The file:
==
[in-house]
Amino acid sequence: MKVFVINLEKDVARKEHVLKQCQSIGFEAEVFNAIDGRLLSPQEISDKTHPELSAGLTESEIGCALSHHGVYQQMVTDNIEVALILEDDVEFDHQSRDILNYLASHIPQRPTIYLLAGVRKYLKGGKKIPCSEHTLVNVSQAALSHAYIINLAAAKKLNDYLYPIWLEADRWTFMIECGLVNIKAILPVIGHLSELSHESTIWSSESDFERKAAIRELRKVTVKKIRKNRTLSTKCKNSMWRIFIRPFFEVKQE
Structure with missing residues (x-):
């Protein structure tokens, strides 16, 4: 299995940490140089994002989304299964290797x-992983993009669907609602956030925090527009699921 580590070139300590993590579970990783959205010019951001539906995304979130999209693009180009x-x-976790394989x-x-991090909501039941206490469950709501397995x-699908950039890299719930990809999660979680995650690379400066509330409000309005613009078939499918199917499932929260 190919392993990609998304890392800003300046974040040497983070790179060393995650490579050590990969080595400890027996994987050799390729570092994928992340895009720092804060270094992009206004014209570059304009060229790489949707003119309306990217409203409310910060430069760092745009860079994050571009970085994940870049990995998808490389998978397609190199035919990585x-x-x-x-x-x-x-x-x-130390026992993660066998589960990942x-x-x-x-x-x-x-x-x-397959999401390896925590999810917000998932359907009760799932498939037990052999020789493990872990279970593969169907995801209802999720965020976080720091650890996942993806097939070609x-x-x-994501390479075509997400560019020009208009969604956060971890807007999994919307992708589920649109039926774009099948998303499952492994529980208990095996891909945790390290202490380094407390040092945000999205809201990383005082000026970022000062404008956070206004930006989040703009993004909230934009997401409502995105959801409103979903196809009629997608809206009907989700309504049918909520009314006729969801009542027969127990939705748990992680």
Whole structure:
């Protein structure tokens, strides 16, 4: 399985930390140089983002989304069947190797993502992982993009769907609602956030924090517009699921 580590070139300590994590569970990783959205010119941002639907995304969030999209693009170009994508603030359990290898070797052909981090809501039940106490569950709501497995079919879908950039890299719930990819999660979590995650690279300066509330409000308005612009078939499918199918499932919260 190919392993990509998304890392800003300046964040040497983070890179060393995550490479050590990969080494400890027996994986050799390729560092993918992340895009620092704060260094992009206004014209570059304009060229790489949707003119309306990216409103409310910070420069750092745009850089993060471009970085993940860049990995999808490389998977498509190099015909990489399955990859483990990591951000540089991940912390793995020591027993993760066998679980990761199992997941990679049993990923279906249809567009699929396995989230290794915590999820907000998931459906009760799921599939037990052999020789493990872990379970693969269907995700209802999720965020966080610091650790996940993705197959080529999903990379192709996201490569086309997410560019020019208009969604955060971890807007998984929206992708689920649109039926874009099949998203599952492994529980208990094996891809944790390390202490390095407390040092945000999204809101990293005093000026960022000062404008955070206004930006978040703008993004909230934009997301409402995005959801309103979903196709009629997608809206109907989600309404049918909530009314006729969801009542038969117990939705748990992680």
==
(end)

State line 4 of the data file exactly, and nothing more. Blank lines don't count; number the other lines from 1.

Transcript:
């Protein structure tokens, strides 16, 4: 299995940490140089994002989304299964290797x-992983993009669907609602956030925090527009699921 580590070139300590993590579970990783959205010019951001539906995304979130999209693009180009x-x-976790394989x-x-991090909501039941206490469950709501397995x-699908950039890299719930990809999660979680995650690379400066509330409000309005613009078939499918199917499932929260 190919392993990609998304890392800003300046974040040497983070790179060393995650490579050590990969080595400890027996994987050799390729570092994928992340895009720092804060270094992009206004014209570059304009060229790489949707003119309306990217409203409310910060430069760092745009860079994050571009970085994940870049990995998808490389998978397609190199035919990585x-x-x-x-x-x-x-x-x-130390026992993660066998589960990942x-x-x-x-x-x-x-x-x-397959999401390896925590999810917000998932359907009760799932498939037990052999020789493990872990279970593969169907995801209802999720965020976080720091650890996942993806097939070609x-x-x-994501390479075509997400560019020009208009969604956060971890807007999994919307992708589920649109039926774009099948998303499952492994529980208990095996891909945790390290202490380094407390040092945000999205809201990383005082000026970022000062404008956070206004930006989040703009993004909230934009997401409502995105959801409103979903196809009629997608809206009907989700309504049918909520009314006729969801009542027969127990939705748990992680």